Home Information Cases Morris Rosen v Trustees of Camden Charities (2000)

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Morris Rosen v Trustees of Camden Charities (2000)

Summary

The provision of a new house could not constitute an "improvement" for the purposes of s.9(1A)(d) Leasehold Reform Act 1967. The beneficiary of a building agreement in whose favour a lease would be granted upon completion of the house was not then a tenant, either in law or in equity, notwithstanding that the term subsequently granted to him extended backward to a time before construction started. * Leave to appeal to the House of Lords refused.

Facts

Appeal by Mr Rosen ('R') by way of case stated from the decision of the Lands Tribunal ('the LT') on appeal from the London Leasehold Valuation Tribunal, that had determined the price payable by R for the transfer to him of the freehold of 25 Kensington Gate ('No.25'). Before 1850 the then Trustees of the Camden Charities ('the trustees') were the owners of a workhouse. In that year the trustees entered into a building agreement with a builder ('B'), by which he agreed to build 29 houses on the site, on completion of which to carcase and roof stage he was to be granted a 99 year lease of the site from 25 December 1849. In October 1852 the trustees granted B a 99-year lease of the site. It was common ground that by that date No.25 was complete, and not merely built to carcase and roof stage. The issues on the present appeal were, for the purpose of determining the price payable by R for the freehold of No.25 pursuant to s.9(1A)(d) Leasehold Reform Act 1967 whether: (i) the price was to be diminished by reason of the fact that the completed building represented an improvement; and (ii) at the time of construction B was the tenant of the long lease of No.25. The LT decided both issues against R.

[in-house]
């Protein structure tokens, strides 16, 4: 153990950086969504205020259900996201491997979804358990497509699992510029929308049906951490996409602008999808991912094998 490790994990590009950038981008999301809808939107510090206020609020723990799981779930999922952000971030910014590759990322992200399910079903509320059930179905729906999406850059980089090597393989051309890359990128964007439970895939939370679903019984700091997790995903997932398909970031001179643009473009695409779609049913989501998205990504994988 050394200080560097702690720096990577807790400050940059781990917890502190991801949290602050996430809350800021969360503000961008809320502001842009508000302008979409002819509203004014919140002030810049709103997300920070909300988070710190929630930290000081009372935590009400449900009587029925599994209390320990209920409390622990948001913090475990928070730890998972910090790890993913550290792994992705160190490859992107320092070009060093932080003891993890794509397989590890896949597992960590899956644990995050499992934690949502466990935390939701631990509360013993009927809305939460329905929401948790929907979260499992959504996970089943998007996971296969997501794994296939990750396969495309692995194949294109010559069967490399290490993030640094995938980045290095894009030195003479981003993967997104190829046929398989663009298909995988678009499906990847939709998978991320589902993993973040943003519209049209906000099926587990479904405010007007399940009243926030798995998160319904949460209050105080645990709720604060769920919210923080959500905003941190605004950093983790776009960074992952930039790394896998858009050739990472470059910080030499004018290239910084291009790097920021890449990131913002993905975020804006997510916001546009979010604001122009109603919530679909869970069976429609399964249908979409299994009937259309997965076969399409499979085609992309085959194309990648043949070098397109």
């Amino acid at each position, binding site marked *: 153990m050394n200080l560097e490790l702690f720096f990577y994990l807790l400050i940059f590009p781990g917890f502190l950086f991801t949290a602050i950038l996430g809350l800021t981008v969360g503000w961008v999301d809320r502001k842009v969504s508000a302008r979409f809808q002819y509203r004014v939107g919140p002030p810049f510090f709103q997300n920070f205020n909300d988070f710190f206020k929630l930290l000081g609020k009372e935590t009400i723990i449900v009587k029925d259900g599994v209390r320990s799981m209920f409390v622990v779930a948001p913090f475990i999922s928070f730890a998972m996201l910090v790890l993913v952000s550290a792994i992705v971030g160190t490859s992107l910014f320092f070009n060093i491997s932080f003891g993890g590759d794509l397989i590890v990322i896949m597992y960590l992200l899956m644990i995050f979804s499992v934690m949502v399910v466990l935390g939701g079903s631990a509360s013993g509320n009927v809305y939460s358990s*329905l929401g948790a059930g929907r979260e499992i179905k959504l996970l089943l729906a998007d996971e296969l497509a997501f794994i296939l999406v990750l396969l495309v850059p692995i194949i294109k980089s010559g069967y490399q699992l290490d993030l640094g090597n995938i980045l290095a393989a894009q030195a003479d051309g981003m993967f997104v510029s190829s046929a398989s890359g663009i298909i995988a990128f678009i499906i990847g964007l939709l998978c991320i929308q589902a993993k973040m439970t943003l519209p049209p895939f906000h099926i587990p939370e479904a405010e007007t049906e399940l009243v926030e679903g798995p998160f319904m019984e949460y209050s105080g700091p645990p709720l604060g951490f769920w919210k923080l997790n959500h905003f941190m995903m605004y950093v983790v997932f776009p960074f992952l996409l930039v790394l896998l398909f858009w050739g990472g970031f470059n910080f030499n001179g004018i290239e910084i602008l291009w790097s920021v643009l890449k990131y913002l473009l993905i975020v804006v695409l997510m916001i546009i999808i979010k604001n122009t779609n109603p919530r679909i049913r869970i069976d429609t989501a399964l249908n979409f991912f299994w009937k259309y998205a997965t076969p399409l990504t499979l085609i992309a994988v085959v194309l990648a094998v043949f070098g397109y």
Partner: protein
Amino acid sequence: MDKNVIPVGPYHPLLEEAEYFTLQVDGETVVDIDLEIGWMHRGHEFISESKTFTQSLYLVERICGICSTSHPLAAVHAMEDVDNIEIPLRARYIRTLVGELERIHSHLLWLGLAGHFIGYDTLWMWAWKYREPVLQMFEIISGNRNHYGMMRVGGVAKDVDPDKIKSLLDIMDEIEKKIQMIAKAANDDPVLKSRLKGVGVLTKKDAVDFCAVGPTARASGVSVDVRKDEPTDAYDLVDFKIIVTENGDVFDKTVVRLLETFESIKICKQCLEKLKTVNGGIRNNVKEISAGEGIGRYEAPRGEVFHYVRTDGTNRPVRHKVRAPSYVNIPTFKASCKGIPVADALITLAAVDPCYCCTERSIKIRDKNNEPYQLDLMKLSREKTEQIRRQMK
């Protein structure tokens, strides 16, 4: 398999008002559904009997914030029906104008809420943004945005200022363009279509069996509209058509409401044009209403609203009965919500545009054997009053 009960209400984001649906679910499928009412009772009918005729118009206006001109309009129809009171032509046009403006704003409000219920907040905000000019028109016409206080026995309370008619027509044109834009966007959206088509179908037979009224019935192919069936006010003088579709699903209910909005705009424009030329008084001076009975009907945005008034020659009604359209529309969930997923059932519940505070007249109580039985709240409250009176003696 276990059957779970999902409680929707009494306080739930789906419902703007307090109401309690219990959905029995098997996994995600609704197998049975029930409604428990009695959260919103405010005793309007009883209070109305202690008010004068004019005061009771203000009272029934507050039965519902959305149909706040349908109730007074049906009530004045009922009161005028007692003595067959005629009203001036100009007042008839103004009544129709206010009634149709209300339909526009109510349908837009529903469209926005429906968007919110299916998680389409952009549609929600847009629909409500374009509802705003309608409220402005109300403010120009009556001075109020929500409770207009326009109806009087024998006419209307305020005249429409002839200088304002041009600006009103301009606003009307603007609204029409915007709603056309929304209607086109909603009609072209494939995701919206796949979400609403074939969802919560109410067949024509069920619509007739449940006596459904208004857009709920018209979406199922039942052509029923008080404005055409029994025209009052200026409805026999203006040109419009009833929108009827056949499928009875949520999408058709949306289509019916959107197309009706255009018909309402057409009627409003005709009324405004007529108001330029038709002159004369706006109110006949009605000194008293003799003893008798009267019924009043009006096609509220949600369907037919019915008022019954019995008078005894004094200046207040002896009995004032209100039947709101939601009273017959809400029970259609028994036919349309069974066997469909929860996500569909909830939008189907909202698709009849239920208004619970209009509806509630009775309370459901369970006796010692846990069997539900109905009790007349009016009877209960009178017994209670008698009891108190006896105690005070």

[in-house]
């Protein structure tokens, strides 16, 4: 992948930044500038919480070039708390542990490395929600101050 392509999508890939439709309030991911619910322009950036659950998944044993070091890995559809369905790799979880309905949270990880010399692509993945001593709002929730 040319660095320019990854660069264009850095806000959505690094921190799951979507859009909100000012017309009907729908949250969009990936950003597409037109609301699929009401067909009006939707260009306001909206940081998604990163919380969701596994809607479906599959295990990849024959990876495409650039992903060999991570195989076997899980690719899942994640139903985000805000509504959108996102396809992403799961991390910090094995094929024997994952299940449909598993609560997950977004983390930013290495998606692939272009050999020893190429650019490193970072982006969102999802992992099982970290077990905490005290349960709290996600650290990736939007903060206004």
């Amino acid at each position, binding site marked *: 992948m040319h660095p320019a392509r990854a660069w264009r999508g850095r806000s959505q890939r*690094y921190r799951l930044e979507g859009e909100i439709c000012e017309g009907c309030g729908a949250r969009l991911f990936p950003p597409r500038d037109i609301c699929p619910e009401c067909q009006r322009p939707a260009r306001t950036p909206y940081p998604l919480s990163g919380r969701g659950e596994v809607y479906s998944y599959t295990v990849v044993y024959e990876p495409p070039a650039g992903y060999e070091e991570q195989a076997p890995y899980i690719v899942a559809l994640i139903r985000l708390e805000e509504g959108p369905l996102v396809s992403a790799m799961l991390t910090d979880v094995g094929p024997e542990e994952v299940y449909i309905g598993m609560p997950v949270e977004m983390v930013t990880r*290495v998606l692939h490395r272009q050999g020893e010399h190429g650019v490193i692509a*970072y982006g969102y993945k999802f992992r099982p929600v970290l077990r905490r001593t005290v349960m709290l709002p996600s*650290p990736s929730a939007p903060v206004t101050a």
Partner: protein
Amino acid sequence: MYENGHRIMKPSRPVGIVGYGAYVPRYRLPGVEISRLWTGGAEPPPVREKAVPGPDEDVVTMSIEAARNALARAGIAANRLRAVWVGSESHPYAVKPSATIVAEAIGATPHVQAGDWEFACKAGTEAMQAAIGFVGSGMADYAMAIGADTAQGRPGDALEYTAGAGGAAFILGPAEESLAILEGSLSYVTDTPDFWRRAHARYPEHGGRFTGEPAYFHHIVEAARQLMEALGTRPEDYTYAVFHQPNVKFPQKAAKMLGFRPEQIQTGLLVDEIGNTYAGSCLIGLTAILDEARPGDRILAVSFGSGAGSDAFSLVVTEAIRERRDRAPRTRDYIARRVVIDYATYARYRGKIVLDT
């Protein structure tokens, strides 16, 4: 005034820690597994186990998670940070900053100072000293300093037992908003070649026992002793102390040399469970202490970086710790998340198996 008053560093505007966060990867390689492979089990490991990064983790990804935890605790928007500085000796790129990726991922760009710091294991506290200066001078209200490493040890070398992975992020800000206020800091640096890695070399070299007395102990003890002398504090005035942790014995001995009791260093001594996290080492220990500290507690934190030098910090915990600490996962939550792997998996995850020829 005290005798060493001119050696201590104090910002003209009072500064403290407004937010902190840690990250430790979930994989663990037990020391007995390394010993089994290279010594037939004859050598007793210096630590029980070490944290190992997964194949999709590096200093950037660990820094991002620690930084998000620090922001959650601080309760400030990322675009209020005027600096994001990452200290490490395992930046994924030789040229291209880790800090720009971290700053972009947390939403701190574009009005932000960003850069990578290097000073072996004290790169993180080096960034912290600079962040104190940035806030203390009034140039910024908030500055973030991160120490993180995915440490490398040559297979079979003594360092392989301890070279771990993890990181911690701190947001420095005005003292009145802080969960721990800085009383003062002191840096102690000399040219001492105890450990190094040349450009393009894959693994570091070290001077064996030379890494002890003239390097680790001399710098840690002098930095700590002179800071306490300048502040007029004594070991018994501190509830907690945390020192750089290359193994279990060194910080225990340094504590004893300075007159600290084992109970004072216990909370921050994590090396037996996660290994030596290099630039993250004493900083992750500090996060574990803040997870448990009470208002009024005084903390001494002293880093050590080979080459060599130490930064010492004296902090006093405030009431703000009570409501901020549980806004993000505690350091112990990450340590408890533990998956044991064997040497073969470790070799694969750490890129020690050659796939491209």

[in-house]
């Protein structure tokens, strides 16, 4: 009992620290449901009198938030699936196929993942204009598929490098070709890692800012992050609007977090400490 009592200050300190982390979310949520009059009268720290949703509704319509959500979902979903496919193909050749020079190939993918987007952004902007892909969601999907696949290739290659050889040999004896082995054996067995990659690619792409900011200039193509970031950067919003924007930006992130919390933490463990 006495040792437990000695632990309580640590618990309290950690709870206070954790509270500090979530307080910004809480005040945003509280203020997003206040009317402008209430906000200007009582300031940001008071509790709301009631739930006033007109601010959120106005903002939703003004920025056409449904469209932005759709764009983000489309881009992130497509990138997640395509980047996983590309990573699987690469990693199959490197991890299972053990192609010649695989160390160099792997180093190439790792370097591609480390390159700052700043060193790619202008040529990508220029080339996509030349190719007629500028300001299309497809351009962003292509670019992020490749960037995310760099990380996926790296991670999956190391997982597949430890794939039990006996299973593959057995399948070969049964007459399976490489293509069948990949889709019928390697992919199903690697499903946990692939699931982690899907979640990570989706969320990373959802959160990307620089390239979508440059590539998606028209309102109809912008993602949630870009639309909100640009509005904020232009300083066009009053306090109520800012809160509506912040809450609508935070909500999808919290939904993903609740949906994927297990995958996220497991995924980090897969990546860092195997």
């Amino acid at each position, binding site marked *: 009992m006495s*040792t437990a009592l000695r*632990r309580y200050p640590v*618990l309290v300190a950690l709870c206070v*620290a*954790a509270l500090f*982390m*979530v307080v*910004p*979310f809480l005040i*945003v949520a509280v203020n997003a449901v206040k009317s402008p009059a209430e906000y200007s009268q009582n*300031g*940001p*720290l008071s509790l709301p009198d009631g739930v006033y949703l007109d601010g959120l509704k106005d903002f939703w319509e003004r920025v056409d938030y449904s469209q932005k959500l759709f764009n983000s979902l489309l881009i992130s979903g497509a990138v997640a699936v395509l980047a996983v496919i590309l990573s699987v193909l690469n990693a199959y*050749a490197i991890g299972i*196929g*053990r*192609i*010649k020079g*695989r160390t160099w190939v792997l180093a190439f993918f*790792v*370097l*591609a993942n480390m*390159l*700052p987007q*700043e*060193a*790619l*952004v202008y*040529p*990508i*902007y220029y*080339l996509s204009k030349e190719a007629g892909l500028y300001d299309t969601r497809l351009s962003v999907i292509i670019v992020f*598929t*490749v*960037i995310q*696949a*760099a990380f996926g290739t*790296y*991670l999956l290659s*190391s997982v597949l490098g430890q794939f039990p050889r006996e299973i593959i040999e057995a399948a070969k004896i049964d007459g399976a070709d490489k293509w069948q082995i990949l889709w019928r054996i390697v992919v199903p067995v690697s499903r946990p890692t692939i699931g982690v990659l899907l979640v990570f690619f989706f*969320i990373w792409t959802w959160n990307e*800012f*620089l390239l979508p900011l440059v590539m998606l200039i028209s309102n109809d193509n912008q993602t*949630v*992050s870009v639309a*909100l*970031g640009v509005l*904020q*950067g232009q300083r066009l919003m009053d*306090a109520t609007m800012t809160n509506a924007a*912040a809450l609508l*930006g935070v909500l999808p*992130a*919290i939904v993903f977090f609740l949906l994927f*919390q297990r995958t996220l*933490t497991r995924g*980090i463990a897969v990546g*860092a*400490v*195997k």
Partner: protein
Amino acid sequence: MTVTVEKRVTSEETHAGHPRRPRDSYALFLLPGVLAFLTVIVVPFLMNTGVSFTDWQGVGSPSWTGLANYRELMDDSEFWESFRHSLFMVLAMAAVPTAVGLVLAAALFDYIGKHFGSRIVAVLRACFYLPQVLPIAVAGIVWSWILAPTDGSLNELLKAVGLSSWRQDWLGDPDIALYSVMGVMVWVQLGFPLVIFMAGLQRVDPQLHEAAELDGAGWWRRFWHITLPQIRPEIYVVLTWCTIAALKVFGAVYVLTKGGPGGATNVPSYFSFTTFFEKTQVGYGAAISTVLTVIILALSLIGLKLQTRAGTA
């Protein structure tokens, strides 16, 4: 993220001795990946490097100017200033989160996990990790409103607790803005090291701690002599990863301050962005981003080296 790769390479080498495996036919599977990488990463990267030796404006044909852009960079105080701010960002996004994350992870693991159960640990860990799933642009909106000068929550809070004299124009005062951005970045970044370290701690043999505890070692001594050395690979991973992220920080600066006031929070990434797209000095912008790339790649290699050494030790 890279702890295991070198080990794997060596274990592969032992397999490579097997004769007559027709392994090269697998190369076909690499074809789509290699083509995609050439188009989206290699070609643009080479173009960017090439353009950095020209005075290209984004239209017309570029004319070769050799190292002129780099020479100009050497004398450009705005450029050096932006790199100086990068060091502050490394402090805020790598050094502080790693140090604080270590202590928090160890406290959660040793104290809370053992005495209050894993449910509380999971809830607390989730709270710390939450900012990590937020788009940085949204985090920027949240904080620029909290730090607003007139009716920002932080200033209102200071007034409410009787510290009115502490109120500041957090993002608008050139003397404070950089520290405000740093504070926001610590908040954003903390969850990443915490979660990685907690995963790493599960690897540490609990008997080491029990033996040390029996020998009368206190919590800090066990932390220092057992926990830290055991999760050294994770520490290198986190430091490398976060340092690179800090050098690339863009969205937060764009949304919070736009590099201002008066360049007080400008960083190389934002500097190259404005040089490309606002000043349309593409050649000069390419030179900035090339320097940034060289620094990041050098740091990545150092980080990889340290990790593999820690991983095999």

Held

(1) Although the construction of a house on land was capable of constituting an improvement of that land that was not the kind of improvement to which the section was directed. It was clear that subs.(d) was directed an improvement of "the house and premises" in respect of which the price payable was being determined. (2) Moreover, subs.(d) could not be taken as applying where a tenant under a long lease, such as B, had expended money on the relevant property but had received equivalent value from the landlord in exchange, ie a valuable lease. (3) At the time that construction of No.25 was completed, B was merely the beneficiary of a building agreement and was not a tenant, either in law or in equity, of the house notwithstanding that the term subsequently granted to him extended backward to a time before construction started.

Appeal dismissed.

Court of Appeal
Otton LJ, Ward LJ, Evans-Lombe J
Judgment date
30 November 2000
References

LTL 30/11/2000 : (2002) Ch 69 : (2002) ChD 69 : (2001) 3 WLR 1470 : (2001) 2 All ER 399 : (2001) 2 EGLR 59 : (2001) 10 EG 159 : (2000) EGCS 146 : Times, December 13, 2000 : Independent, December 5, 2000

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